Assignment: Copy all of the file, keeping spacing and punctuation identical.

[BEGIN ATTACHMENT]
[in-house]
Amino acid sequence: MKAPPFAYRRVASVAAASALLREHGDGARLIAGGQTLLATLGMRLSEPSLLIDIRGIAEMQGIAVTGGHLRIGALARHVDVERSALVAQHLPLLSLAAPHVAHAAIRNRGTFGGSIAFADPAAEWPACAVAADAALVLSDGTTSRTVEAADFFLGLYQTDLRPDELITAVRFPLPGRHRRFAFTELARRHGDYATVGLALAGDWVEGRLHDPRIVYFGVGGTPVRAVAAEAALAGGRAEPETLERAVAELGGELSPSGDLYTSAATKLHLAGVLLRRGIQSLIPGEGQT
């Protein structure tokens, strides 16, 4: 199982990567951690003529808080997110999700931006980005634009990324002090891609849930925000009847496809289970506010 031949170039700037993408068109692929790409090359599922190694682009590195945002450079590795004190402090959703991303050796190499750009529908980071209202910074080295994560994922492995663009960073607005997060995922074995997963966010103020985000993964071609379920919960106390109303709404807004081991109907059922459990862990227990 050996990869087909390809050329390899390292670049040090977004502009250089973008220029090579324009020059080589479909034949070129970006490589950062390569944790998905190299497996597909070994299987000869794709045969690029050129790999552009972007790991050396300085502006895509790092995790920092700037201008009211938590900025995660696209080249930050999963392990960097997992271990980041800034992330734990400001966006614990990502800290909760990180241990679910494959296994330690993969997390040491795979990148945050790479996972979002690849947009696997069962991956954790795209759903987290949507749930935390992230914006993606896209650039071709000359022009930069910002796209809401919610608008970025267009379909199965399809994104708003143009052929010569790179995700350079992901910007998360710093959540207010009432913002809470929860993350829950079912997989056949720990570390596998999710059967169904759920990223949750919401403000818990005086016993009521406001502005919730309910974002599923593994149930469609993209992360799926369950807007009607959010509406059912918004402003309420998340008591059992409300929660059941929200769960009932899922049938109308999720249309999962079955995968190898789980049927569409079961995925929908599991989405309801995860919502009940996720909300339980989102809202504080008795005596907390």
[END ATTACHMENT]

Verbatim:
[in-house]
Amino acid sequence: MKAPPFAYRRVASVAAASALLREHGDGARLIAGGQTLLATLGMRLSEPSLLIDIRGIAEMQGIAVTGGHLRIGALARHVDVERSALVAQHLPLLSLAAPHVAHAAIRNRGTFGGSIAFADPAAEWPACAVAADAALVLSDGTTSRTVEAADFFLGLYQTDLRPDELITAVRFPLPGRHRRFAFTELARRHGDYATVGLALAGDWVEGRLHDPRIVYFGVGGTPVRAVAAEAALAGGRAEPETLERAVAELGGELSPSGDLYTSAATKLHLAGVLLRRGIQSLIPGEGQT
């Protein structure tokens, strides 16, 4: 199982990567951690003529808080997110999700931006980005634009990324002090891609849930925000009847496809289970506010 031949170039700037993408068109692929790409090359599922190694682009590195945002450079590795004190402090959703991303050796190499750009529908980071209202910074080295994560994922492995663009960073607005997060995922074995997963966010103020985000993964071609379920919960106390109303709404807004081991109907059922459990862990227990 050996990869087909390809050329390899390292670049040090977004502009250089973008220029090579324009020059080589479909034949070129970006490589950062390569944790998905190299497996597909070994299987000869794709045969690029050129790999552009972007790991050396300085502006895509790092995790920092700037201008009211938590900025995660696209080249930050999963392990960097997992271990980041800034992330734990400001966006614990990502800290909760990180241990679910494959296994330690993969997390040491795979990148945050790479996972979002690849947009696997069962991956954790795209759903987290949507749930935390992230914006993606896209650039071709000359022009930069910002796209809401919610608008970025267009379909199965399809994104708003143009052929010569790179995700350079992901910007998360710093959540207010009432913002809470929860993350829950079912997989056949720990570390596998999710059967169904759920990223949750919401403000818990005086016993009521406001502005919730309910974002599923593994149930469609993209992360799926369950807007009607959010509406059912918004402003309420998340008591059992409300929660059941929200769960009932899922049938109308999720249309999962079955995968190898789980049927569409079961995925929908599991989405309801995860919502009940996720909300339980989102809202504080008795005596907390």